If you’re a good Catholic and you’ve enjoyed the Filet-O-Fish sandwich during Lent over the years, there’s a specific person you need to thank.
A man named Lou Groen opened a McDonald’s in Cincinnati, Ohio in 1959, but he noticed one alarming trend: his sales plummeted on Fridays during Lent. That was because Cincinnati was 87% Catholic at the time, and believers do not eat meat on Fridays during the period of Lent.
Groen wracked his brain and came up with an idea in 1962. A restaurant down the street from his McDonald’s offered a fish sandwich to customers and was popular on Fridays during Lent. Groen built on their idea and came up with a halibut sandwich with a slice of cheese.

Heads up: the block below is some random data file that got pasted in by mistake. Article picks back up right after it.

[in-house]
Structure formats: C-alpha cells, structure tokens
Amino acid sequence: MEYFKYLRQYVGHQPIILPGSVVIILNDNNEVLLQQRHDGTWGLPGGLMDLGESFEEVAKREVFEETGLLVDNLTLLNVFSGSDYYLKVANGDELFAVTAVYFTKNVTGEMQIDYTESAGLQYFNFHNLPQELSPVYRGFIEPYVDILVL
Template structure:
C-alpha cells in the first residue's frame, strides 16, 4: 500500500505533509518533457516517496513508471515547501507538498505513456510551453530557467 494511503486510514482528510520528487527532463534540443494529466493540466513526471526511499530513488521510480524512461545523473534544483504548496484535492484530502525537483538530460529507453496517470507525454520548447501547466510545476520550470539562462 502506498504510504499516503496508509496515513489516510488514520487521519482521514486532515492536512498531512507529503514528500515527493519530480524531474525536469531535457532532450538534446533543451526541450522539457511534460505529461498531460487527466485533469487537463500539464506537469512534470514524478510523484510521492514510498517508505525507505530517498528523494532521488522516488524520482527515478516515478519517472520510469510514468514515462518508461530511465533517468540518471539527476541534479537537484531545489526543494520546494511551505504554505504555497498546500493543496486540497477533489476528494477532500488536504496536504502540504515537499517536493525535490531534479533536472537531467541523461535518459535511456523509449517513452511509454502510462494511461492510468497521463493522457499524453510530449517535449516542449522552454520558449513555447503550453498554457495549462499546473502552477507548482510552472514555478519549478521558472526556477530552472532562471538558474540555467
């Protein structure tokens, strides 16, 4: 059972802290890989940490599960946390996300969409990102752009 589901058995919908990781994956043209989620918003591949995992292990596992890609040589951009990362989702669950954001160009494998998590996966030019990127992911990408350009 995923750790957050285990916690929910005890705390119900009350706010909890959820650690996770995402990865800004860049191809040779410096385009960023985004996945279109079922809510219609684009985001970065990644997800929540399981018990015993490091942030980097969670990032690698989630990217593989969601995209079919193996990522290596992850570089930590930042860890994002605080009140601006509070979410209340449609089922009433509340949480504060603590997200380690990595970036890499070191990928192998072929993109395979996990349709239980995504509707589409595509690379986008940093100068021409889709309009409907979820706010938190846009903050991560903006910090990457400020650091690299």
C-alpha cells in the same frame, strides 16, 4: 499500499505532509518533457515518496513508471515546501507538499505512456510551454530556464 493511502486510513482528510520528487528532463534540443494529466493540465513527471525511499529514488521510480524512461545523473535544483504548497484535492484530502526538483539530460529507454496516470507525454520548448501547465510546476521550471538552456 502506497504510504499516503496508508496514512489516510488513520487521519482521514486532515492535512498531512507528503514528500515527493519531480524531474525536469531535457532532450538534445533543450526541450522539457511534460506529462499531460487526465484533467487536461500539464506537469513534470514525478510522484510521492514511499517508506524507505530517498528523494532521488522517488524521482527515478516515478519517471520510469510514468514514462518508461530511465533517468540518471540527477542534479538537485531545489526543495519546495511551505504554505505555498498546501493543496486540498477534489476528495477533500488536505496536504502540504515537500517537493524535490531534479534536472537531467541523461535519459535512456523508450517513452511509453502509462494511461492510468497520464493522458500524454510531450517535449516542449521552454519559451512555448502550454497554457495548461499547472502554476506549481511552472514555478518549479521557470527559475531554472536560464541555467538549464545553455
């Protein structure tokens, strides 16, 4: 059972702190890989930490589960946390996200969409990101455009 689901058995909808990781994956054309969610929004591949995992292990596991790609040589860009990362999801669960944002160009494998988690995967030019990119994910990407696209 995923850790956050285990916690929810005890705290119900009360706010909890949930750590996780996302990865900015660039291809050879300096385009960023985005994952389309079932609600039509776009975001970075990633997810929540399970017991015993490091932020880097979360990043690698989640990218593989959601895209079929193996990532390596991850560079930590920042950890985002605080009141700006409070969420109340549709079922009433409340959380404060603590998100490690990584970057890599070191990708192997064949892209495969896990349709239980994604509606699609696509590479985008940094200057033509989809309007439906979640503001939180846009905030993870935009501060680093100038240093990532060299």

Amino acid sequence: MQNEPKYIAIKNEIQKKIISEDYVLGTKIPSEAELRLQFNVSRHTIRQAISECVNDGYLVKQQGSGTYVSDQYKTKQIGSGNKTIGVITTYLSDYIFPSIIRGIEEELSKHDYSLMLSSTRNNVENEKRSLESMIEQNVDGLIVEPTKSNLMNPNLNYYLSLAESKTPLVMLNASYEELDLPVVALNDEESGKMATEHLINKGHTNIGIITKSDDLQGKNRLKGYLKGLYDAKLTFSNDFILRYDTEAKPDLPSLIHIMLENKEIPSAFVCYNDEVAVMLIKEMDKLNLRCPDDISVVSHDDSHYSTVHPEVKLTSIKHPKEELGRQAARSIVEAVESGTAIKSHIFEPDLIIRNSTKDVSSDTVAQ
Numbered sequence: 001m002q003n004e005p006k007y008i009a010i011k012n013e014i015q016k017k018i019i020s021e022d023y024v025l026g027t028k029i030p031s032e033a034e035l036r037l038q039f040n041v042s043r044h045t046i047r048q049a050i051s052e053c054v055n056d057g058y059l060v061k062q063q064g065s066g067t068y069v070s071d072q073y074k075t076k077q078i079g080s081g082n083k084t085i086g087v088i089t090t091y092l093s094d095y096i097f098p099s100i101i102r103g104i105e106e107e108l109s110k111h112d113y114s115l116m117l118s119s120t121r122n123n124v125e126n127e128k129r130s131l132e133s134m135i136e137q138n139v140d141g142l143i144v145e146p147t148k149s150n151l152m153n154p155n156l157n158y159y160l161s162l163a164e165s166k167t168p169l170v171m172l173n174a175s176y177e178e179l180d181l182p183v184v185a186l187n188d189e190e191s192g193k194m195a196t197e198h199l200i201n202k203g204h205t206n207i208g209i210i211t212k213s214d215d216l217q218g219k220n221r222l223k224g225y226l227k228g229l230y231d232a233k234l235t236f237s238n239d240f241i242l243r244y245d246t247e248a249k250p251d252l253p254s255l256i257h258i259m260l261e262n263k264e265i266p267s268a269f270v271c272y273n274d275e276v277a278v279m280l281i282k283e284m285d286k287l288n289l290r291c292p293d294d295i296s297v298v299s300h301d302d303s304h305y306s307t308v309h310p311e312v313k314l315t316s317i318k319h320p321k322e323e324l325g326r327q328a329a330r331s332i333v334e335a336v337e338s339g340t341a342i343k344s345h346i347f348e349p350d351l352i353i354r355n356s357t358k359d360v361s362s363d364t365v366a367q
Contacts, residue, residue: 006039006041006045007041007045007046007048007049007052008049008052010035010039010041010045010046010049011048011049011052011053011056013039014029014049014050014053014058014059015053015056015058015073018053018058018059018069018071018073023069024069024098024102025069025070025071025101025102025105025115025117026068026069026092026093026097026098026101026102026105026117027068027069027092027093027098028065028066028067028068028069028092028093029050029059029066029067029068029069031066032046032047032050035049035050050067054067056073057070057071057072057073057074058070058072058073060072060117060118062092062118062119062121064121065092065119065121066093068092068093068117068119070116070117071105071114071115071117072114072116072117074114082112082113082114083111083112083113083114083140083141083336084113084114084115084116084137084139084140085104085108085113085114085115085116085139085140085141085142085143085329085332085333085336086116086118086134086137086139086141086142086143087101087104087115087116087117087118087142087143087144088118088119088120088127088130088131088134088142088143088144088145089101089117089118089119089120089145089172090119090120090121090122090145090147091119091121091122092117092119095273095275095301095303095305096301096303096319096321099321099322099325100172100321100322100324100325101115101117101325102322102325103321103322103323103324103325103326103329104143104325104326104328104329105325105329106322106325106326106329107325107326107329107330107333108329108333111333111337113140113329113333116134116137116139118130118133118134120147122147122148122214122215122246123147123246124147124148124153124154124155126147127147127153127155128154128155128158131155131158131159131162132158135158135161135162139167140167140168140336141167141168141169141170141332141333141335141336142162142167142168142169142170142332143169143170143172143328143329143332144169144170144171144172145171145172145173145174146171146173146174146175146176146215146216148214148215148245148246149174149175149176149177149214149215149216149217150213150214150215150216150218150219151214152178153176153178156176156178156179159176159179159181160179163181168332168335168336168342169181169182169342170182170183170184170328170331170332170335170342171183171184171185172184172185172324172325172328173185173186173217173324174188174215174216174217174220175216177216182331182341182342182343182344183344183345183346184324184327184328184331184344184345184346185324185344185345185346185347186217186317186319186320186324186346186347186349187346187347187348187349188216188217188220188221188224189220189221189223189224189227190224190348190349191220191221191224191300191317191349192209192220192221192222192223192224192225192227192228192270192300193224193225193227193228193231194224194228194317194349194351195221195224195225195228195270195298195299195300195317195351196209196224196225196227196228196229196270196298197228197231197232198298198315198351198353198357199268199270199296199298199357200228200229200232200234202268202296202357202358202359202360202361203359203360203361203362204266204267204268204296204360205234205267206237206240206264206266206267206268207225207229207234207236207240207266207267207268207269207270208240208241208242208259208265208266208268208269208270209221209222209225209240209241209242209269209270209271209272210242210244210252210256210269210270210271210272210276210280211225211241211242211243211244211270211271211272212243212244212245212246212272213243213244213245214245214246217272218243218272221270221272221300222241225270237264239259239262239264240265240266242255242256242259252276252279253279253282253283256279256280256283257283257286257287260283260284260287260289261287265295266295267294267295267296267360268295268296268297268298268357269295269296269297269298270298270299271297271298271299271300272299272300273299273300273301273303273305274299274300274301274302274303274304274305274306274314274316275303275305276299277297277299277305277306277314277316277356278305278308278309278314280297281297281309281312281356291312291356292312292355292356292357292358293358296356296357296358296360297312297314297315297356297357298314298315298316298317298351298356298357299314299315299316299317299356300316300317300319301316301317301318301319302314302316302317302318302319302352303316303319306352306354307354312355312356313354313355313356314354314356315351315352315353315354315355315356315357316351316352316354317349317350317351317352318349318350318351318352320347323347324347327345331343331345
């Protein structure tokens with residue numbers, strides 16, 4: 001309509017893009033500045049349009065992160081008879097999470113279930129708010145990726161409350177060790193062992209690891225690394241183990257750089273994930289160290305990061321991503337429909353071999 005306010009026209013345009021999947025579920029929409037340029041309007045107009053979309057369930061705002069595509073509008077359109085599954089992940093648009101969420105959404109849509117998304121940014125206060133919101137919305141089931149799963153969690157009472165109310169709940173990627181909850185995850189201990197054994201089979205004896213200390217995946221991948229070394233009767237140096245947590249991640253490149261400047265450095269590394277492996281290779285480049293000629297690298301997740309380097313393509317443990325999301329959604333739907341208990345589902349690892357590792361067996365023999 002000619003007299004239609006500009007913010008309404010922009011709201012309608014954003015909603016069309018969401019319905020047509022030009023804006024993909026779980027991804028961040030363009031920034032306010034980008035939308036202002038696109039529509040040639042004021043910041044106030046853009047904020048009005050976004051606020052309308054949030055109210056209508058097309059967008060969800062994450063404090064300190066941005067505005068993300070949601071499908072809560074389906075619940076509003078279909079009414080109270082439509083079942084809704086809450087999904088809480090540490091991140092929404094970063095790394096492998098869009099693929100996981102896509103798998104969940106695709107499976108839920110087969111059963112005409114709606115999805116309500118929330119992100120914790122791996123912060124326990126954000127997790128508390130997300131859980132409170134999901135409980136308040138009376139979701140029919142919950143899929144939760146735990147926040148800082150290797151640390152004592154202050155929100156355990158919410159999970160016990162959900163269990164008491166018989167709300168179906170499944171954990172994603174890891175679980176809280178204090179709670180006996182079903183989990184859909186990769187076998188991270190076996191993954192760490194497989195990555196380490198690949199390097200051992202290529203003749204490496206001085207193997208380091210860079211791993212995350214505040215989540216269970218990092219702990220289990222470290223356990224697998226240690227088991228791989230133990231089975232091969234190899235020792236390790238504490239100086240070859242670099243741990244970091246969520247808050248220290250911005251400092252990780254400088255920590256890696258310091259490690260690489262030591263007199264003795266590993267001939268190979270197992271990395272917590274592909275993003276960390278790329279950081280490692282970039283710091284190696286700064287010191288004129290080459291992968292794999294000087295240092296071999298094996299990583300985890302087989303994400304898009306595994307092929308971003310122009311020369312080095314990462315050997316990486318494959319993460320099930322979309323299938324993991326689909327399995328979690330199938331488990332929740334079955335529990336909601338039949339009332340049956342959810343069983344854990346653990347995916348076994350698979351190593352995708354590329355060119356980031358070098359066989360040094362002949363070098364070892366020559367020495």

McDonald’s founder and franchisor Ray Kroc wasn’t a fan of the idea because he didn’t want his restaurants smelling like fish. But Groen was persistent about the idea, and he and Kroc came to an agreement. Kroc also came up with a meatless sandwich called the Hula Burger that consisted of a slice of pineapple and cheese on a bun. Kroc’s sandwich and Groen’s fish sandwich would both be sold and whoever sold more on the same day would have their sandwich permanently added to the menu.
We all know who won that competition.
Today’s Filet-O-Fish is made with Alaskan Pollock instead of halibut, but I think it’s safe to say that Lou Groen was an innovator in the fast food game.